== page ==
Libyan Islamists and independents on Saturday formed a new political party, electing as its leader a Muslim Brotherhood member who was a political prisoner under the regime of dead dictator Moamer Kadhafi.
Mohammed Sawan, jailed for eight years under the ousted regime of Kadhafi who had outlawed political parties as an act of treason, was elected Justice and Construction party leader after a three-day conference in the capital.
"I have real mixed feelings because I was imprisoned under Kadhafi for my attempts to create a political party, and I am grateful to the people here who have placed their trust in me," Sawan told AFP.
The Tripoli meeting brought together hundreds of people keen to take part in the launch of the new party. Votes on a wide range of issues, including the party's name, were taken by a show of hands.
Sawan nailed the support of 51 percent of those present in a run-off vote.
The party charter is still under discussion by an elected body, but Muslim Brothers, Islamists and independents held the conference with the shared aim of forming a "national party with an Islamic frame of reference."
"We aim for diversity and a state of law where differences in opinion are respected," Sawan said, later telling journalists that the party sees Islam as a religion that regulates all aspects of life, including politics.
There may be no law governing the formation of political parties in the new Libya, but political associations and coalitions are forming at a rapid pace.
Political associations of any kind were banned for decades under the iron-fisted rule of Kadhafi, who was toppled and killed in last year's popular uprising.
A sizeable number of the party's 1,360 constituent members are former prisoners, including Ali al-Kermi, an elderly Muslim Brother who says he spent three decades in prison for his political activities.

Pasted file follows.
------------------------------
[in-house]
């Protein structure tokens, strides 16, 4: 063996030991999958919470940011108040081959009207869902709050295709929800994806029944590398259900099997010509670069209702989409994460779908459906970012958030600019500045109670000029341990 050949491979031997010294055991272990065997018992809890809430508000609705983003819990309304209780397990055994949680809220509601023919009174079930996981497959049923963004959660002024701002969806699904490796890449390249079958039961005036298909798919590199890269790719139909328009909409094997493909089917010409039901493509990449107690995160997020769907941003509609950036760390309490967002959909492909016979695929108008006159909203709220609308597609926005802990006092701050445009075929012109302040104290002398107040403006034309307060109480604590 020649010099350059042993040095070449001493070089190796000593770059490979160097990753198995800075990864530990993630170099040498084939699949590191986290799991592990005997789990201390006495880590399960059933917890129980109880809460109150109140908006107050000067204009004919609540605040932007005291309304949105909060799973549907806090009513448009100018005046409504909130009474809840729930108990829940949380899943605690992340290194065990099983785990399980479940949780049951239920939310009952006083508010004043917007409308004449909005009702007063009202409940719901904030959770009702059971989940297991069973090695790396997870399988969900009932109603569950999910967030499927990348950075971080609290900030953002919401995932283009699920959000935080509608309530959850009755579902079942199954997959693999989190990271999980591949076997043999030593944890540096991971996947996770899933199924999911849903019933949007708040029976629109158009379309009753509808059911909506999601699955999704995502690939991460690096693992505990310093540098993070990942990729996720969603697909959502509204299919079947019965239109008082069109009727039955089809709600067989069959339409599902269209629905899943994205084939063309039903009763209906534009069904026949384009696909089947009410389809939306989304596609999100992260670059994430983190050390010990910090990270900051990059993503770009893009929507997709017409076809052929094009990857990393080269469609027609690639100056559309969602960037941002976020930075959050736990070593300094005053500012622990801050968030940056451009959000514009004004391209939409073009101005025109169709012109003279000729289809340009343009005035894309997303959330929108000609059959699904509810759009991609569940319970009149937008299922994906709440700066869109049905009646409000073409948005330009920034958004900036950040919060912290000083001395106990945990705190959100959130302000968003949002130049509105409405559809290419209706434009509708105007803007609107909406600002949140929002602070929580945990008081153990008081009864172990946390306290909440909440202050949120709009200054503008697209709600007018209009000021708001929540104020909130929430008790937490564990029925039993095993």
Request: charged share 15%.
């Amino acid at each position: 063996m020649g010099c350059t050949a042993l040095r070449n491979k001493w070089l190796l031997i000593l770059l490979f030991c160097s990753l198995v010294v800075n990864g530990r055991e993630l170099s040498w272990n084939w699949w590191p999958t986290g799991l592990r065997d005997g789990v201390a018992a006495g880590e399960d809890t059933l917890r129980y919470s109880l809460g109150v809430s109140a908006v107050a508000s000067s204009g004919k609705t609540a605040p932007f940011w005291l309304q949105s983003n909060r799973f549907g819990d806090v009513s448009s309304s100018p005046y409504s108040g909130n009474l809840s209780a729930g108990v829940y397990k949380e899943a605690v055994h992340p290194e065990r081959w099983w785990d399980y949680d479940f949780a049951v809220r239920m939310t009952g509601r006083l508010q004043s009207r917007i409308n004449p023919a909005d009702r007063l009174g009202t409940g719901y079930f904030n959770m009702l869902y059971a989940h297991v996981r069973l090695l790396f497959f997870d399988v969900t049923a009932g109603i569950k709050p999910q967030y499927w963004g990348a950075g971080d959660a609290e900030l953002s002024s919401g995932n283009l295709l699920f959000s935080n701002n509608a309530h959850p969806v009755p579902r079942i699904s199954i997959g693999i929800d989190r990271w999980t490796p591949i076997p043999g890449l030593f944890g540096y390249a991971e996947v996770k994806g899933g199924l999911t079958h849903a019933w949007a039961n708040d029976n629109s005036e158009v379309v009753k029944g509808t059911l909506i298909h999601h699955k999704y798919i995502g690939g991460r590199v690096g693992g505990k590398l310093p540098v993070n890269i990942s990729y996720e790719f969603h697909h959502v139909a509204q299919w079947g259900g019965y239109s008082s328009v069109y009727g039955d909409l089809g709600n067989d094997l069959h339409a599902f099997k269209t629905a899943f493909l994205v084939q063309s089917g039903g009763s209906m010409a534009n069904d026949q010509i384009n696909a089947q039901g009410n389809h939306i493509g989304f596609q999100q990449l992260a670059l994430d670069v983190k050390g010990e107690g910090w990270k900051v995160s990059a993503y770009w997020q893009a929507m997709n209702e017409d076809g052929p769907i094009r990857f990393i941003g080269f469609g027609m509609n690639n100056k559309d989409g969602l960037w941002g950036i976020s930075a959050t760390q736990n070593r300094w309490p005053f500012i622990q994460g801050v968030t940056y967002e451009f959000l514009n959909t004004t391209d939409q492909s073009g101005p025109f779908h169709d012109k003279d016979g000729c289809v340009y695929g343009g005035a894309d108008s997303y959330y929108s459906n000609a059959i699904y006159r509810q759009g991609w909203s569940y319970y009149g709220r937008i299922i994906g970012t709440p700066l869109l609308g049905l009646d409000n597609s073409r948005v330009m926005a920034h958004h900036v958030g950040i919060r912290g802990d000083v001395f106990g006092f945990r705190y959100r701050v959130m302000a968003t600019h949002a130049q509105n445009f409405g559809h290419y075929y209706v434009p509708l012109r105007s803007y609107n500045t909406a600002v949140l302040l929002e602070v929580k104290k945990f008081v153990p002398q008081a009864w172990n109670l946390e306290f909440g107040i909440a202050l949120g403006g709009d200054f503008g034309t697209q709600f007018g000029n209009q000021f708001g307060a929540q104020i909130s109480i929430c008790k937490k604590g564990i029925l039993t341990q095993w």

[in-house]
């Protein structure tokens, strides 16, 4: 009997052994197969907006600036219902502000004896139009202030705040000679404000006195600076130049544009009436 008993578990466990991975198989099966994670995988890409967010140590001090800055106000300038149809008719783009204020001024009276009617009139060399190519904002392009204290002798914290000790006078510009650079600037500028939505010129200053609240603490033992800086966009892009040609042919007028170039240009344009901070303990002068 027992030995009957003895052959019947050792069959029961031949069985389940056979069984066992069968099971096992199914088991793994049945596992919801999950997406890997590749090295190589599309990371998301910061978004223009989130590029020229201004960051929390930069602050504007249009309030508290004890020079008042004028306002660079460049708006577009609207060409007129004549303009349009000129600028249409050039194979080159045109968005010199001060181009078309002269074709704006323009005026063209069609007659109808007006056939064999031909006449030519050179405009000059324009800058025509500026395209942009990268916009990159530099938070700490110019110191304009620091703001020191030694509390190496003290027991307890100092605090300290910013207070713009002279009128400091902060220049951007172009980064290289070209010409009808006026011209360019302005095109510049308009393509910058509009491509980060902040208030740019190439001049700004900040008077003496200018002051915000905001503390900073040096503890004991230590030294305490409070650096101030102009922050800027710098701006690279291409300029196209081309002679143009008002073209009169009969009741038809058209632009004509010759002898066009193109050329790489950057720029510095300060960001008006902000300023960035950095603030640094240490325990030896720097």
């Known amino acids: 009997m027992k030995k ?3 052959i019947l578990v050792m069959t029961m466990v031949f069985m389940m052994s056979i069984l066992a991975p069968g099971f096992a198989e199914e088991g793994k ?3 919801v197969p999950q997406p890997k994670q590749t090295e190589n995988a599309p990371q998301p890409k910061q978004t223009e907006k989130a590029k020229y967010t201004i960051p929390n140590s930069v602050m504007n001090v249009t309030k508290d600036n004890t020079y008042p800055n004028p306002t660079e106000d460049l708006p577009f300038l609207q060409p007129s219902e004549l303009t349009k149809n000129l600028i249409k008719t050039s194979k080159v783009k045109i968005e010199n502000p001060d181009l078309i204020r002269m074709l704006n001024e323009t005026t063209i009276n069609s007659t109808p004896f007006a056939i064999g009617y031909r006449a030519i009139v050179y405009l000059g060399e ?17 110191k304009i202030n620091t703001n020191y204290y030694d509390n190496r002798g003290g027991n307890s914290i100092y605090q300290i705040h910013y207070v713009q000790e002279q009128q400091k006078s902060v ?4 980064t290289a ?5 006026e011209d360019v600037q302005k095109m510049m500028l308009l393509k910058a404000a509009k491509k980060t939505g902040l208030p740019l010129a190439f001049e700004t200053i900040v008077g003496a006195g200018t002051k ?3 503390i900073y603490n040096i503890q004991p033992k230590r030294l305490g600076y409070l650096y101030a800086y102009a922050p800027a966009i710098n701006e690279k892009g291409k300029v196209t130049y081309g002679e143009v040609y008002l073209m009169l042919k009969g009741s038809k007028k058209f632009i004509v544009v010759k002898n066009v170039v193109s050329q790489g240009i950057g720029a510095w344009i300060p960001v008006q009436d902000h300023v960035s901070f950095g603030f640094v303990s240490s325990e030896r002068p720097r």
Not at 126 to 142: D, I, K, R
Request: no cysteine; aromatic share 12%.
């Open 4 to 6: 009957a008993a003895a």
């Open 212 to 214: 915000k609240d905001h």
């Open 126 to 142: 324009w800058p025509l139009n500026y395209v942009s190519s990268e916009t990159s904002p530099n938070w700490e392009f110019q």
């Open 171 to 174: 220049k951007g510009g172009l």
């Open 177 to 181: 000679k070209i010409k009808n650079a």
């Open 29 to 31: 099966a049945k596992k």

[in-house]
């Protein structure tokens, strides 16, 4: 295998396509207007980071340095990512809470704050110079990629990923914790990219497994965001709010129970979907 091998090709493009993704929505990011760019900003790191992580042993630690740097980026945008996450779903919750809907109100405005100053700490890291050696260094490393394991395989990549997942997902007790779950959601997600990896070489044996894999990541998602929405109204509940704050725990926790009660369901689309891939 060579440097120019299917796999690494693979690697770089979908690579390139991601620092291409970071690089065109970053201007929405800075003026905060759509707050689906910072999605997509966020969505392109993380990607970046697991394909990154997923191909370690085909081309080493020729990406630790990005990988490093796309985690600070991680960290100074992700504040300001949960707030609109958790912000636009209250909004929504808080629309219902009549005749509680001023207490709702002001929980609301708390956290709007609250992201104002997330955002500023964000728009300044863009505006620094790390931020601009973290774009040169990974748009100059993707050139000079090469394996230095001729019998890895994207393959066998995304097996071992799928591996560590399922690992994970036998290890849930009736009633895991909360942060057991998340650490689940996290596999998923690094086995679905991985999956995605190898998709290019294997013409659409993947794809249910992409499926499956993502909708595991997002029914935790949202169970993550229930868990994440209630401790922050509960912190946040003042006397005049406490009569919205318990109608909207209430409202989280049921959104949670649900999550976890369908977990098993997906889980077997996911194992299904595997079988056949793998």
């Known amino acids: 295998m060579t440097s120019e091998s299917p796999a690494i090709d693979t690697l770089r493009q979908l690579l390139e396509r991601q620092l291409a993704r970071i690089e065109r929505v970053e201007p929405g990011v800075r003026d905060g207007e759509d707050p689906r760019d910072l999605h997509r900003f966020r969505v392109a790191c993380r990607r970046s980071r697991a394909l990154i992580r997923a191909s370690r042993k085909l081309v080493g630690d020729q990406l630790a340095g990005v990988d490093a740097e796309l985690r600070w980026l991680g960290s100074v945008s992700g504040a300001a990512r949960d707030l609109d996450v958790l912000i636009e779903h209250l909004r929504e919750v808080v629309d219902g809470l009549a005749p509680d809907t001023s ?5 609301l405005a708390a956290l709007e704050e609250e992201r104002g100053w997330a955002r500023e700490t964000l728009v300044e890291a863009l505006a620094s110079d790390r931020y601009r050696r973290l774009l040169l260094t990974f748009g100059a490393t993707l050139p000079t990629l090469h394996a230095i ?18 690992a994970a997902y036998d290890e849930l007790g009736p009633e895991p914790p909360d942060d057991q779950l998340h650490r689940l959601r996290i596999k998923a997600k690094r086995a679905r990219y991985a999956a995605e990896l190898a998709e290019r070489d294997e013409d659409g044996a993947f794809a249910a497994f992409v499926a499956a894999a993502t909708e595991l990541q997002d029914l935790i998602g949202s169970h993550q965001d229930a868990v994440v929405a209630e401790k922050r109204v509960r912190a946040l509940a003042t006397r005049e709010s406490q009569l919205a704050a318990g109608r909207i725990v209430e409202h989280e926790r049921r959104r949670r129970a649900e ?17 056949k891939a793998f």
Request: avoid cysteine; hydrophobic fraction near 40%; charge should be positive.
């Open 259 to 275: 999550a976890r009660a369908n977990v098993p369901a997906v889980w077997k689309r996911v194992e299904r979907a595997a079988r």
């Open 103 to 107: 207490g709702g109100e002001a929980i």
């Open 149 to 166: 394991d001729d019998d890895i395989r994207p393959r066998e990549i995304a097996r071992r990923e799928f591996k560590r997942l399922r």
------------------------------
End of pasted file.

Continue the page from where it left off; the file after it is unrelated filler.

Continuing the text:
"We want the supremacy of the law and tolerance, not revenge," Kermi, who now leads an association of former political prisoners, told AFP.
"The party will reject any practice that violates human rights" because so many of its members have experienced such violations first hand, he said, adding that he was "proud of the revolution."
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The conference also set in motion the election of 20 members of the party's shura council or advisory body. A further 25 members will be elected by party members nationwide, a party official said.
"Everything about this party is based on the democratic principle," said Nizar Kawan, one of the conference organisers.
The idea of the party was conceived during a November 2011 meeting of the Muslim Brotherhood in Tripoli, Amin Belhaj, another founding member, told journalists.
He said a key goal was to bring together representatives from all of Libya and to include all ethnic groups in the party ranks.
"We have created a new era in Libya by electing a party leader democratically," said Khalil Sawalim, a UK-based rights activist.
Since the start of the so-called Arab Spring, elections in the region have benefited Islamists, including in Egypt, Libya's neighbour to the east, and in Tunisia to the west.
Similar outcomes are expected in June when Libya, which often emphasises its all-Muslim and moderate identity, is due to elect a constituent assembly.
"We are all Islamists and we want Libya to be at the summit of developed nations," Majda Fallah, a party activist, told a jubilant crowd including dozens of women.
The party aims to meet a minimum quota of 10 percent female representation, and Fallah told AFP she expects the party to exceed that benchmark.
Sawan also said he expected women to play a major role in the new party because women already play an active role in civil society and "more than 100 women's groups" helped put together the three-day event.
"We believe women can run in elections and have all their rights," he said.
Most of Libya's emerging parties emphasise Islam as a source of legislation.
Osama Mohammed, from Tarhuna, said the Justice and Construction party stood out because of the role it gives to Islamic law and the process of shura, or consultation.
"All Libyans are Muslims, but sharia is the common denominator through which we can settle our differences," he said.